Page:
11 Books to Read after THE SEVEN HUSBANDS OF EVELYN HUGO (That Aren’t My Fanfic Sequel 8velyn Hugo)

Isabelle Popp

Senior Contributor

Isabelle Popp has written all sorts of things, ranging from astrophysics research articles and math tests to crossword puzzles and poetry. These days she's writing romance. When she's not reading or writing, she's probably knitting or scouring used book stores for vintage gothic romance paperbacks. Originally from New York, she's as surprised as anyone that she lives in Bloomington, Indiana.

Kidding about the fanfic. Luckily for us eager readers, books like The Seven Husbands of Evelyn Hugo are quite plentiful. Seven Husbands is my personal favorite of Taylor Jenkins Reid’s books. I simply cannot wait for the Netflix adaptation. It’s also one of those books I wish I could read for the first time again. I was positively enraptured by the dishy storytelling, the Hollywood glamor, and the truly compelling, sometimes heartbreaking secrets under all the glitz. I realized I needed to go beyond Reid’s backlist to experience that gossipy brand of magic again. If I say a book is gossipy, it’s just about my highest form of praise. And that’s an honor I’ll certainly bestow on many of these books like The Seven Husbands of Evelyn Hugo.

In short, the book is about the titular character, an aging star who selects reporter Monique Grant for a tell-all. As Evelyn recounts each of those husbands (a nod to Elizabeth Taylor) and discloses her ethnic background (a wink at Rita Hayworth), Monique discovers how her own life story intersects with Evelyn’s. In selecting books like The Seven Husbands of Evelyn Hugo, I definitely looked for Old Hollywood. I also looked for compelling frame stories, a storytelling conceit I appreciate in everything from Gothic novels to historical fiction to beloved movies like Fried Green Tomatoes. I tried to find books that feel so real you’re compelled to search Wikipedia and IMDB just to double check. And of course, I’m looking to tear your heart out and put it together again.

The Best Books Like The Seven Husbands of Evelyn Hugo

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In the Face of the Sun by Denny S. Bryce

Hollywood scandal lovers, this one’s for you. This road trip novel bounces between two timelines, one in 1968 and one in 1928. In 1968, Frankie is fleeing an abusive husband and is rescued by her Aunt Daisy, a woman known for profanity and chain smoking. Aunt Daisy takes Frankie from Chicago to L.A., where she was a journalist chronicling both Hollywood scandals and activism in the 1920s. In 1968, she’s out for revenge, and Frankie’s along for the ride.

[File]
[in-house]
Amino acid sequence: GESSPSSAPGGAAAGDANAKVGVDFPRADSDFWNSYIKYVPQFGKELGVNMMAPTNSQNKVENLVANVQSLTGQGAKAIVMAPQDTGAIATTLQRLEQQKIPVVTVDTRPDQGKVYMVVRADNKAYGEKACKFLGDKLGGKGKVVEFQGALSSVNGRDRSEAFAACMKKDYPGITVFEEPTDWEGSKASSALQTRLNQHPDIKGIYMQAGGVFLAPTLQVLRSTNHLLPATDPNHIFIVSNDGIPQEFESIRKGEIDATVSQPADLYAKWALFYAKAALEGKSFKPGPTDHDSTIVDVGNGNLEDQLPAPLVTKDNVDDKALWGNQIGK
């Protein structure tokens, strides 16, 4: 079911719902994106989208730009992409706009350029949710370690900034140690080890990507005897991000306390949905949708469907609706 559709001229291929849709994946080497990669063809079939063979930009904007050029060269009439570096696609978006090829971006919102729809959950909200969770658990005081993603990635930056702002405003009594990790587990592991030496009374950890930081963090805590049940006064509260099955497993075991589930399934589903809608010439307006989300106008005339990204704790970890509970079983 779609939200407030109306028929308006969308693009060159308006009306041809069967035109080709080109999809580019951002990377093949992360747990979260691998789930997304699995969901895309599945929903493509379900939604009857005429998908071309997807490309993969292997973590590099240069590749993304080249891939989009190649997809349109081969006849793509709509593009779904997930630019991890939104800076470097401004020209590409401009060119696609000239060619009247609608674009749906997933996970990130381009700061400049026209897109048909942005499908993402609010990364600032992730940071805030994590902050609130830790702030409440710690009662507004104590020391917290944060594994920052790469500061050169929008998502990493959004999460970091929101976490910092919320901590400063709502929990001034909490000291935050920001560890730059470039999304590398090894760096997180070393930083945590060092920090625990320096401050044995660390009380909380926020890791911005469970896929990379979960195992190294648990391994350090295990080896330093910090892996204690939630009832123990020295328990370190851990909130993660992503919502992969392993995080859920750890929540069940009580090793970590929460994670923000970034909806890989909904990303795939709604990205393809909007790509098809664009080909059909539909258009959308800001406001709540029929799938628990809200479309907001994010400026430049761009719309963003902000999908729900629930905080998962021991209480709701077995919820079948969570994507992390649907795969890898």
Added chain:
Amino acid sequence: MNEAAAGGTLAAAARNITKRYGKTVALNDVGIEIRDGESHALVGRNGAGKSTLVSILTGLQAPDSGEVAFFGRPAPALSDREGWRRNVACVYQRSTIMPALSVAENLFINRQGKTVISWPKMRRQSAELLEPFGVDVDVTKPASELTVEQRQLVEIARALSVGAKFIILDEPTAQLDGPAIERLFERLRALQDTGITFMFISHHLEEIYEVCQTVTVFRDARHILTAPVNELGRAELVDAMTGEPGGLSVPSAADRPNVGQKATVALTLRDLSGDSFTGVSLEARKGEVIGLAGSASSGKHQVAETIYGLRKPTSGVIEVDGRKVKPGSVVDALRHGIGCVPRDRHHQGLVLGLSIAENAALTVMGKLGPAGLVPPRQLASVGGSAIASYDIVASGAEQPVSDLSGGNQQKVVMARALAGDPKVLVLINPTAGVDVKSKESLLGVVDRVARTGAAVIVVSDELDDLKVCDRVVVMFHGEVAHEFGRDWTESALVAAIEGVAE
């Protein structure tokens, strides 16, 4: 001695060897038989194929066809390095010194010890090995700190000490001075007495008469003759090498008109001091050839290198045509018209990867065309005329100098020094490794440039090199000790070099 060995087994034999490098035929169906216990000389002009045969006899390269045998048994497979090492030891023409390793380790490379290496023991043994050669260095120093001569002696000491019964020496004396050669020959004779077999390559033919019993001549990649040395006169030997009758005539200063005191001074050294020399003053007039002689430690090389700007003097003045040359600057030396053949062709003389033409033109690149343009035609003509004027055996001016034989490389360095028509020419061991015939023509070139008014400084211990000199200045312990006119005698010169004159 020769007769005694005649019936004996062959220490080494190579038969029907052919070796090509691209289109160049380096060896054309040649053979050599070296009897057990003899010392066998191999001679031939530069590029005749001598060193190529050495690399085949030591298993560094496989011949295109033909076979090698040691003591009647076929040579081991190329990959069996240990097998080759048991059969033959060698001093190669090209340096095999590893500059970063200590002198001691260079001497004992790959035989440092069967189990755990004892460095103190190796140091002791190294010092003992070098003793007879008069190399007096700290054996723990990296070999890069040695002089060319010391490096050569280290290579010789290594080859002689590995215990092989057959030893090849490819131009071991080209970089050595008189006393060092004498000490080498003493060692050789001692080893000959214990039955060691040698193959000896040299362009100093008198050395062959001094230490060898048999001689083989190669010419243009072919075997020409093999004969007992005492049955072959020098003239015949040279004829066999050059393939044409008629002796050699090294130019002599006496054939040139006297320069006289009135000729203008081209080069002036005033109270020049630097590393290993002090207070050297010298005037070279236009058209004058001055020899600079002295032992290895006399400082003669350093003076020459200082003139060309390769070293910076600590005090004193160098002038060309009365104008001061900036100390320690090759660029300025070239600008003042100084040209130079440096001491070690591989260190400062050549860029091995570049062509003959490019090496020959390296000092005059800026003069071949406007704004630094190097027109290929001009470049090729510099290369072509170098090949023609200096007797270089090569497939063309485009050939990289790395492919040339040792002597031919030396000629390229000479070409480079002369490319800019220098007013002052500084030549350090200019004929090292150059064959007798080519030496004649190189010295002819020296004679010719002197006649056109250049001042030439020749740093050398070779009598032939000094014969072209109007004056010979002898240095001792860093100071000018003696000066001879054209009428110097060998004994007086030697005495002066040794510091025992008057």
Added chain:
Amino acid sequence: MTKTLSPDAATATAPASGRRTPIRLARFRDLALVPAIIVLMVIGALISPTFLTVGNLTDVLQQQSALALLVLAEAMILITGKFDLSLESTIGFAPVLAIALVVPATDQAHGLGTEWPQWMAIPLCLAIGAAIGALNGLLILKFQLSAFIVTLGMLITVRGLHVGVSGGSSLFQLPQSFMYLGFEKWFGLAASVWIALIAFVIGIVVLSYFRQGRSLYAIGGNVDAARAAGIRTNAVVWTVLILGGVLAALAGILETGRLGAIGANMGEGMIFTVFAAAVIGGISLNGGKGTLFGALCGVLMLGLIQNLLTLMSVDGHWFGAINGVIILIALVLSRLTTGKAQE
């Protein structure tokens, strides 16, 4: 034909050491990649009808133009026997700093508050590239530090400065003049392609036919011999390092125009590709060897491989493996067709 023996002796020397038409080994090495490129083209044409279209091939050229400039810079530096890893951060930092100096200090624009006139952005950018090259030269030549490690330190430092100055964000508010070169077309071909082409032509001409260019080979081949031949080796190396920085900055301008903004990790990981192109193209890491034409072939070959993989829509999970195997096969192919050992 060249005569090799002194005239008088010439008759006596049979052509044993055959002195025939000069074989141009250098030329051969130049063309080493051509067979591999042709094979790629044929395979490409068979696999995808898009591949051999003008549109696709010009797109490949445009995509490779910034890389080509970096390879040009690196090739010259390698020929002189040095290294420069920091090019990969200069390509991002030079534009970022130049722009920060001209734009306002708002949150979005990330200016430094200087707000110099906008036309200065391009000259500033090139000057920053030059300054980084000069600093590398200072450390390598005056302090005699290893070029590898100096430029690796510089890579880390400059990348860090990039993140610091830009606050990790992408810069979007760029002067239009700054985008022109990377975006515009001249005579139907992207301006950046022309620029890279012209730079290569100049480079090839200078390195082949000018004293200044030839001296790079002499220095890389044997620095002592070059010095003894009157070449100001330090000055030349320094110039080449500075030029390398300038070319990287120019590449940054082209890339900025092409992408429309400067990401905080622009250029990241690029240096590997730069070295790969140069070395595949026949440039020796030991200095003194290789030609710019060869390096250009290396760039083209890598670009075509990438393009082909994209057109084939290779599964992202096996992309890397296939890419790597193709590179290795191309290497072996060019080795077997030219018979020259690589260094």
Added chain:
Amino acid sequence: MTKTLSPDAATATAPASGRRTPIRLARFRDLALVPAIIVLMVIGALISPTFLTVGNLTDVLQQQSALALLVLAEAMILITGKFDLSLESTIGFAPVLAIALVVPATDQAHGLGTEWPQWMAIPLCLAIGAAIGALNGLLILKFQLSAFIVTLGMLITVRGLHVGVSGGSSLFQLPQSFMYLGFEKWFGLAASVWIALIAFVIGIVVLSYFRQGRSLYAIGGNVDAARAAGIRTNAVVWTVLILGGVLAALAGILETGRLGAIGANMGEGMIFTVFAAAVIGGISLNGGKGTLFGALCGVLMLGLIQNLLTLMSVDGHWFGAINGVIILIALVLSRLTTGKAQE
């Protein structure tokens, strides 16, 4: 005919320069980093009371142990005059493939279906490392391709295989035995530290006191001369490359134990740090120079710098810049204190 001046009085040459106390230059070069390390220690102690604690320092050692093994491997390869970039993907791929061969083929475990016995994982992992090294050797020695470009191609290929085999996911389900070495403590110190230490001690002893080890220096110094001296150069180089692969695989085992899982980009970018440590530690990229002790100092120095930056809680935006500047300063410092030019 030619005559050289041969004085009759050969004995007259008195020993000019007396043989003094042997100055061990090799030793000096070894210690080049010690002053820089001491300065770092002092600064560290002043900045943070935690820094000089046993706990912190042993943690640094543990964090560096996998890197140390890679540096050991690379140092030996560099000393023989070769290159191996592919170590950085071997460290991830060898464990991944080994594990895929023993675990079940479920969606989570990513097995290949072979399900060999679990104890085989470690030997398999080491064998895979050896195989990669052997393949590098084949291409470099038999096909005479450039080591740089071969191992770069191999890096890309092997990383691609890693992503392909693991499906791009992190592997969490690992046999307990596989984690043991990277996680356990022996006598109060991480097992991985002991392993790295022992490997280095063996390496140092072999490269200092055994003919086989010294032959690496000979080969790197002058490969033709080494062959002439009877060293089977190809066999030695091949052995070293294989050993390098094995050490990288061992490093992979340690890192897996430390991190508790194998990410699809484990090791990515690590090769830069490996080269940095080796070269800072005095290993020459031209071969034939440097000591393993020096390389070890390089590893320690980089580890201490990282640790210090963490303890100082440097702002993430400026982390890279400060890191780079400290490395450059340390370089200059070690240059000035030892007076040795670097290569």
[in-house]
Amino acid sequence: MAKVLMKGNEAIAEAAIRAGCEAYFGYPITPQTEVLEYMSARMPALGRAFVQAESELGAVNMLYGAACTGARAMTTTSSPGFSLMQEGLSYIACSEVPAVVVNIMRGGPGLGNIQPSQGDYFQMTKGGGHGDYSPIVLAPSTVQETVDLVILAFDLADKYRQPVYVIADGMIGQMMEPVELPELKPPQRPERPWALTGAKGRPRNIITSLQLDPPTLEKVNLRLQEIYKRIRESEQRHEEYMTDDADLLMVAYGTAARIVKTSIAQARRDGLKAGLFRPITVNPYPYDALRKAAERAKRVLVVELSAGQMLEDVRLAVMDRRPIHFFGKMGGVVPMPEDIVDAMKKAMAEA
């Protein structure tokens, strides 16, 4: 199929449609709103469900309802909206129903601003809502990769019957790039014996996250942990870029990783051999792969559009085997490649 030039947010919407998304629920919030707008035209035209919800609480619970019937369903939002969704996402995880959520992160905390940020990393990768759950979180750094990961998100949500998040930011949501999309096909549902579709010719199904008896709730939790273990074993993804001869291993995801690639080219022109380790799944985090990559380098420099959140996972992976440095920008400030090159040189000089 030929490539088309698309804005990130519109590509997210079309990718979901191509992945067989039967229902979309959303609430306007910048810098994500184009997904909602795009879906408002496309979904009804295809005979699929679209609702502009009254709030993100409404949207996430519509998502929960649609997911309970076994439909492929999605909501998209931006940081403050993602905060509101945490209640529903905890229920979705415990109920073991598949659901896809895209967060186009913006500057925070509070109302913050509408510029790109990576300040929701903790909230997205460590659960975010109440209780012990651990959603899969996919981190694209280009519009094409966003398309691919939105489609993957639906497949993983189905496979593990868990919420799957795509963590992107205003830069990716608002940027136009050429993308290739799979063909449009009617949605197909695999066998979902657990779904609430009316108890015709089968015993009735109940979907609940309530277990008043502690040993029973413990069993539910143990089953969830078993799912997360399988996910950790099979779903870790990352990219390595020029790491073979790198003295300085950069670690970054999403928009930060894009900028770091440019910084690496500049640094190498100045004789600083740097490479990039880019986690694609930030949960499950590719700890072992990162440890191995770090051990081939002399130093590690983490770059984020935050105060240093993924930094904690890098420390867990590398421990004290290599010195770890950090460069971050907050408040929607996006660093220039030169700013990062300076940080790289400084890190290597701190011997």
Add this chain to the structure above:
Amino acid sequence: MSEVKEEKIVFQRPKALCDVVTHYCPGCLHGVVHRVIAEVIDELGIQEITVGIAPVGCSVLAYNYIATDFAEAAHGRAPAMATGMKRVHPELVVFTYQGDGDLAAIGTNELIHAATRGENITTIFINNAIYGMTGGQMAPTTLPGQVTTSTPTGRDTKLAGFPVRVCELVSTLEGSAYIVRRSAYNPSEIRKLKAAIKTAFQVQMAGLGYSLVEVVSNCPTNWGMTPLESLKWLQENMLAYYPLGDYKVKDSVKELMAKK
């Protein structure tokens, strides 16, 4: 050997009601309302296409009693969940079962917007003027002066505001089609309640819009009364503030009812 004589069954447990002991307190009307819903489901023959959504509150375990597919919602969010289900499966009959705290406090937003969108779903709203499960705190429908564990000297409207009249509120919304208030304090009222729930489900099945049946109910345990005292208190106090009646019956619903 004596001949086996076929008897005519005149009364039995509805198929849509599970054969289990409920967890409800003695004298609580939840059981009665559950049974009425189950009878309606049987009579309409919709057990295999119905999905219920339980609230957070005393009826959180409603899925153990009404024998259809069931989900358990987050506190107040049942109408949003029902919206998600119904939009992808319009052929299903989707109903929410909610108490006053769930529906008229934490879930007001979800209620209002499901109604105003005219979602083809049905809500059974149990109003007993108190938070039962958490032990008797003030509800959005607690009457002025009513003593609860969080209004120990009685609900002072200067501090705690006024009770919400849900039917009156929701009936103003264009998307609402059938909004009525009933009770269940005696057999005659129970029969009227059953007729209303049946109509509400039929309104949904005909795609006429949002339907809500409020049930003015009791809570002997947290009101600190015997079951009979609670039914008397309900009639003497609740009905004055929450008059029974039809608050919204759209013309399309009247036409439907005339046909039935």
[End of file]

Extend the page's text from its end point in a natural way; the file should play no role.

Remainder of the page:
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The Work Wife by Alison B. Hart

This is a contemporary Hollywood story, but like many The Seven Husbands of Evelyn Hugo read-alikes, this one is juicy, as it brings the life of a queer woman into focus and is an absolute page-turner. Plus, if you love books that happen over the span of one day, enjoy! Tackling Hollywood in the #MeToo era, this story jumps between three women in the orbit of Ted Stabler, Hollywood mogul. We meet his wife Holly, his ex-wife Phoebe, and as the title implies, his “work wife” Zanne. They all have their part to play in Ted’s success. As the three women’s stories intertwine over the day of a charity gala, they have to reckon with the moral cost of that success.

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Blind Ambition by Lutishia Lovely

If you love the story behind the writing of a tell-all book, here you go. Chantel’s older sister Jett is a superstar. In the wake of their mom’s death, Chantel attempts to bond with Jett. Her efforts are rebuffed. Chantel responds in the best (read: pettiest) possible way. She’ll write the exposé that will knock Jett off that pedestal. But would she rather have that sweet, sweet revenge or strong family ties?

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The Starlet and the Spy by Ji-min Lee

Like Seven Husbands, this book features unexpected connections between two women, one of whom is an icon. Inspired by true events, the story chronicles Alice, a Korean woman chosen to translate for Marilyn Monroe on her 4-day USO tour of Korea in 1954. Alice is suffering from the effects the Korean War had on her life. Her unlikely friendship with notoriously troubled Marilyn Monroe is emotional and touching.

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City of Girls by Elizabeth Gilbert